I am still not convinced that Prithvi does not have a role in a conventional warfare. With Prithvi not fulfilling a strategic role, it could provide as a great asset for strikes on troop formations, fixed bases etc.. With a CEP of 10-50 mts (0.01% for range per BR missiles page), it can be useful to drop cluster bombs over troop formations or can raise havoc on an air base or nodal communication centers.

I have thrown up all my intelligence and now will await the ridicule of other learned forum members... Aah.. the price one pays for opening his mouth without thinking !

Edited.. Brahmos range from 390--> 290 (fat fingering)
Last edited by Bharat on 07 Mar 2009 09:01, edited 1 time in total.

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Re: Indian Missile Technology Discussion

Postby Gaurav_S » 07 Mar 2009 08:55

First thing to know is as per now BrahMos range is <300km.

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Re: Indian Missile Technology Discussion

Postby Gaurav_S » 07 Mar 2009 09:03

Bharat wrote:
I am still not convinced that Prithvi does not have a role in a conventional warfare. With Prithvi not fulfilling a strategic role, it could provide as a great asset for strikes on troop formations, fixed bases etc.. With a CEP of 10-50 mts (0.01% for range per BR missiles page), it can be useful to drop cluster bombs over troop formations or can raise havoc on an air base or nodal communication centers.
Edited.. Brahmos range from 390--> 290 (fat fingering)


Also dunno from where you came to know that Prithvi does not have a role in conventional warfare. Its a tactical missile.

Although Prithvi is capable of carrying nuclear/strategic warheads, it is dedicated for battlefield use making use of conventional payloads such as pre-fragmented explosives, bomblets, incendiary, cluster munitions, sub-munitions, fuel-air and high explosives

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Re: Indian Missile Technology Discussion

Postby Bharat » 07 Mar 2009 09:10

Based on the cancellation of further missiles and closing down of production line at Bharat Dynamics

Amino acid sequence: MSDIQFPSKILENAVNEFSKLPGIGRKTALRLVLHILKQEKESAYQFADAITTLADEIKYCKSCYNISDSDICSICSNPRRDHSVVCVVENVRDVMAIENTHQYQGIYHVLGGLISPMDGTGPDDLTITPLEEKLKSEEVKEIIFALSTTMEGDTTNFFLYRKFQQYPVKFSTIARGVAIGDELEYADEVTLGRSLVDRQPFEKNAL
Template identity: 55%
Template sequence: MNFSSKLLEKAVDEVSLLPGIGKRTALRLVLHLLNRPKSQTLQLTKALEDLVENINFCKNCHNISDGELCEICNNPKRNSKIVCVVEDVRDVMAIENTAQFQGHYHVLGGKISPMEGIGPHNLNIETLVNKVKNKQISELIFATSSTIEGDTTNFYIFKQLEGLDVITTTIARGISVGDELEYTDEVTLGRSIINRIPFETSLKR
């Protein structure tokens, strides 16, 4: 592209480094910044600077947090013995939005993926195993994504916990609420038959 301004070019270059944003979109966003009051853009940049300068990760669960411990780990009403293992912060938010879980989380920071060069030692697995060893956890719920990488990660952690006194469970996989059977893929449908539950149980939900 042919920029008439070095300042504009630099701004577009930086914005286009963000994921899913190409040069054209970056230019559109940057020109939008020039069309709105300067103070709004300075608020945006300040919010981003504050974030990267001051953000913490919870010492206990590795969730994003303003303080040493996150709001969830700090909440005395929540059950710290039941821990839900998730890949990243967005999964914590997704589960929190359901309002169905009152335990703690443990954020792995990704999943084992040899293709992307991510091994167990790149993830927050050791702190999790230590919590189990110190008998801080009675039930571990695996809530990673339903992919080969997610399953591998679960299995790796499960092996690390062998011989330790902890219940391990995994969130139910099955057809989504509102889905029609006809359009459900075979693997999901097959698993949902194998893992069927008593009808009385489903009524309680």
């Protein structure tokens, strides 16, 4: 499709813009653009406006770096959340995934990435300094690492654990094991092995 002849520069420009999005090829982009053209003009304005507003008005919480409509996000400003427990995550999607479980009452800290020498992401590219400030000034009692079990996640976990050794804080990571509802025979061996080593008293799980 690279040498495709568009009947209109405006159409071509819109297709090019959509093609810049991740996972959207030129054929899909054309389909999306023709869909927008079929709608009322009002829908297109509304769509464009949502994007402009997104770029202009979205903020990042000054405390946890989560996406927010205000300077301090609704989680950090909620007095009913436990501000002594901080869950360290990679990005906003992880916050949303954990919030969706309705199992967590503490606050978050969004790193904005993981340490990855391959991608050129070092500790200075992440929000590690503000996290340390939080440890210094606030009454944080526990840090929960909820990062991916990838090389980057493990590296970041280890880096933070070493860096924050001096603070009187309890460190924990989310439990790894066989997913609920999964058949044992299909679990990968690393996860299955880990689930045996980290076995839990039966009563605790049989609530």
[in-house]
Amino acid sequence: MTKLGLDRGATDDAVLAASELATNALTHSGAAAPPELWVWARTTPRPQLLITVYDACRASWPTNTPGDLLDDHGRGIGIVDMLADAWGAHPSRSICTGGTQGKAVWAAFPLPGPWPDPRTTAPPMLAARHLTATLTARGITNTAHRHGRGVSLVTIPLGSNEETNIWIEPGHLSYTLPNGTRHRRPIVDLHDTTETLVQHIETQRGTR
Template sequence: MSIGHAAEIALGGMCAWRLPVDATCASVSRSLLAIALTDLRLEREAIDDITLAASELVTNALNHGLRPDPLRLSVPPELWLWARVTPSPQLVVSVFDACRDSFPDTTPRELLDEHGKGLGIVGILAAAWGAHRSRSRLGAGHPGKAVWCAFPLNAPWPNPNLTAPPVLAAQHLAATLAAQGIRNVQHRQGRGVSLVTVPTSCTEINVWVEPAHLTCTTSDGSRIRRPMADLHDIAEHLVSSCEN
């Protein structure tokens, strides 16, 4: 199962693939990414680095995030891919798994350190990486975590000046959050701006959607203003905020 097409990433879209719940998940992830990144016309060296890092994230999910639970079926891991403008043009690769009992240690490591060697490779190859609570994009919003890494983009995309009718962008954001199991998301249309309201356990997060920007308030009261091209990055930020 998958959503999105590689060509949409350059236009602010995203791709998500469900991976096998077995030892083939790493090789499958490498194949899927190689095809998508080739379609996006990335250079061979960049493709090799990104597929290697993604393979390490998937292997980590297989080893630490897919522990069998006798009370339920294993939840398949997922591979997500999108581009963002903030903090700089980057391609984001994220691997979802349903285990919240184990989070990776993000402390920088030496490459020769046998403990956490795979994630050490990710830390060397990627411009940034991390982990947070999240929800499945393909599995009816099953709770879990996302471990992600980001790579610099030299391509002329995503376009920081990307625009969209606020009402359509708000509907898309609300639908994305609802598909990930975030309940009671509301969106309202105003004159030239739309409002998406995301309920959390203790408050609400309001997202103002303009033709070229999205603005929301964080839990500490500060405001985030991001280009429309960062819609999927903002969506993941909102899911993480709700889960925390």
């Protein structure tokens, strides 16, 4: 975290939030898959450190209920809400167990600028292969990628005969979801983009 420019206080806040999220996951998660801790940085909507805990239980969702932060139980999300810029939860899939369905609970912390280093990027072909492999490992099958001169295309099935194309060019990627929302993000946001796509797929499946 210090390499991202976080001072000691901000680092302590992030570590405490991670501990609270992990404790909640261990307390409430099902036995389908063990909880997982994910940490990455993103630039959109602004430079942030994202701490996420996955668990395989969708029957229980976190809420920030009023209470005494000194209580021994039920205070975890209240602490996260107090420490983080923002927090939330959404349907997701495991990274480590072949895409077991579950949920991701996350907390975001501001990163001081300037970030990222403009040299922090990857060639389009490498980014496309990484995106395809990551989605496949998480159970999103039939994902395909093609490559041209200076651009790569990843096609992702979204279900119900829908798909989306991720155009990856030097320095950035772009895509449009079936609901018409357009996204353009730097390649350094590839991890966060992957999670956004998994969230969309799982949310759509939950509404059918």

http://www.deccanherald.com/Content/Mar ... ntpagenews

That's what surprised me..

I don't look at a situation where we need the Prithvi in a nuclear role. Yes, It can carry a nuclear warhead; but freeing it from the strategic role enables it for the tactical role. IMO, the enemy knows that we have other missiles in our armoury to deliver a nuclear warhead and the Prithvi being fired is for tactical purposes. If we insist on Prithvi being a part of our strategic force, then we cannot use it in a tactical role. The risks will be too great to trigger of a nuclear exchange. We could argue this point till the end of world; and still not come to a conculsion.

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Re: Indian Missile Technology Discussion

Postby sum » 07 Mar 2009 10:48

Has there been any realistic time-frame given for the first Nirbhay test flight?

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Re: Indian Missile Technology Discussion

Postby Arun_S » 07 Mar 2009 10:48

RaviBg wrote:Prithvi missile in limbo

The Hyderabad-based Bharat Dynamics Ltd (BDL) — manufacturer of Prithvi I and Prithvi II missiles — had received the Centre’s directive to short-close the production in January 2009, sources told Deccan Herald.
The abrupt closure means the armed forces will be short of 40-odd Prithvi II missiles, as the BDL will deliver only a portion of the original order. Neither the defence ministry nor the BDL authorities have explained the reasons behind the closure.

...
The PSU was successfully delivering quality missiles systems as per schedule till the closure. The BDL management has now been instructed to finish off the few Prithvi missiles, which are in the last stages, and close the project, according to sources.

The issue was taken up with Minister of State for Defence Production Rao Inderjit Singh in Parliament in February. However, the Minister refused to respond, arguing it would be against national interest.
...

I see that as good news for it means their have already switched to a different boat, and not legs in two boats.

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Re: Indian Missile Technology Discussion

Postby Bharat » 07 Mar 2009 10:55

Arun_S: Could you please explain a bit more.. ?
Also.. have we met in Sunnyvale once for lunch about 5 December's back ?